In 2018, a couple in Texas stumbled upon an unusual opportunity. They got a tip that certain rural plots of land in Smithville — just 50 miles east of Austin — were available for $500. They went for it. Soon, the couple would order their manufactured home. That’s when the trouble began.Continue reading “Boundary Line Problems: You Can’t Build That Here. It’s My Land!”
Will you have a survey done before your coming real estate deal? Of course, a professional will be examining the title. But a title search does not include a survey. With a title search, the title company reviews the chain of title, up to the present ownership. It does not reveal specific physical details of the property.
Depending on the region of the country (and even the state) in which the home exists, the mortgage company might or might not require a survey. Nevertheless, either the seller or the buyer may want to hire a service to produce an up-to-date survey. Here, we make the case for having this done — so you can decide for yourself.Continue reading “The Property Survey: Do You Need One?”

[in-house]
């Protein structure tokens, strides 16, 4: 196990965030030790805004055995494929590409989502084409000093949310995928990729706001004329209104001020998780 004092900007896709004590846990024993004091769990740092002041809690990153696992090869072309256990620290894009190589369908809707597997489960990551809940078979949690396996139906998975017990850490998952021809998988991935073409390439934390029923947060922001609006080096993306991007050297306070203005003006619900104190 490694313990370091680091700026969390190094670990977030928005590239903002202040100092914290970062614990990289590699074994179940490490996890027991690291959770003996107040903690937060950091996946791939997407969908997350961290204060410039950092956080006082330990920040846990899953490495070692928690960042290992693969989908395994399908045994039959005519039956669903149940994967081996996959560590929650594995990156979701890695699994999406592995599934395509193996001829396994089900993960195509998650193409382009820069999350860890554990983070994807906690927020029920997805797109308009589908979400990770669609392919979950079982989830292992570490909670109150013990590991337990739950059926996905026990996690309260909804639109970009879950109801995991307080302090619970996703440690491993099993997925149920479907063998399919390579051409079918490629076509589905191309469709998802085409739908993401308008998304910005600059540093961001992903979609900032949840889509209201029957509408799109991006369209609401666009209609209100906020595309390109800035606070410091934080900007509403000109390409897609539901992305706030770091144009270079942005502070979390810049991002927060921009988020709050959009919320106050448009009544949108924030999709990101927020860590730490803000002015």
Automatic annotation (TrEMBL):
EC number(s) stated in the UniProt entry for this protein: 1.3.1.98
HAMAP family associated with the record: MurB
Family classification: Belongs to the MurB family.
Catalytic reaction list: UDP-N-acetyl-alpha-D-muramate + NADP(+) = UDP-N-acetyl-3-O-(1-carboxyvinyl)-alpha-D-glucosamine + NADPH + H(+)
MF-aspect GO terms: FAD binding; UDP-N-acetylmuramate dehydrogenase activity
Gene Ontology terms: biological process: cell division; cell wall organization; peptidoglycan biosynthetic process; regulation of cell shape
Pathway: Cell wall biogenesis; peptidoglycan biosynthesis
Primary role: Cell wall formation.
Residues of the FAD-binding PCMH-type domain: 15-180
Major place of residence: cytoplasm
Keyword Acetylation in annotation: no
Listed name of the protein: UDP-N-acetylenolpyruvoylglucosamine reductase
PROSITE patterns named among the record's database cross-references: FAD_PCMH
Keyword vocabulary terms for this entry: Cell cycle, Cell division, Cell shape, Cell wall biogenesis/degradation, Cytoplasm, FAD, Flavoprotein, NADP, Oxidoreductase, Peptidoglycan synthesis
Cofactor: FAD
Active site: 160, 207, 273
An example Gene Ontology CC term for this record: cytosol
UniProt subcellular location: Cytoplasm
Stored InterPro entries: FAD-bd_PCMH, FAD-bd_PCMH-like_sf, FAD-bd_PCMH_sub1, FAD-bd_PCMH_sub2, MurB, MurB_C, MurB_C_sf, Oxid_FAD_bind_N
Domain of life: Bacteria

Real estate transactions involving home sales, deeds, mortgage loans, or deeds of trust all rely on a binding legal description. Mortgage companies, for example, need to be sure that the property is well described—and worth the money they lend to a buyer.
A properly written legal description sets forth the county and state of the property. It allows a surveyor to identify precise dimensions and correct, historical borderlines.
Indeed, the existing legal description is based on the original survey. And a key task of the current survey is a verification of the accuracy of the property’s legal description. In short, real estate legal descriptions and surveys work together.Continue reading “How Real Estate Legal Descriptions and Surveys Work Together”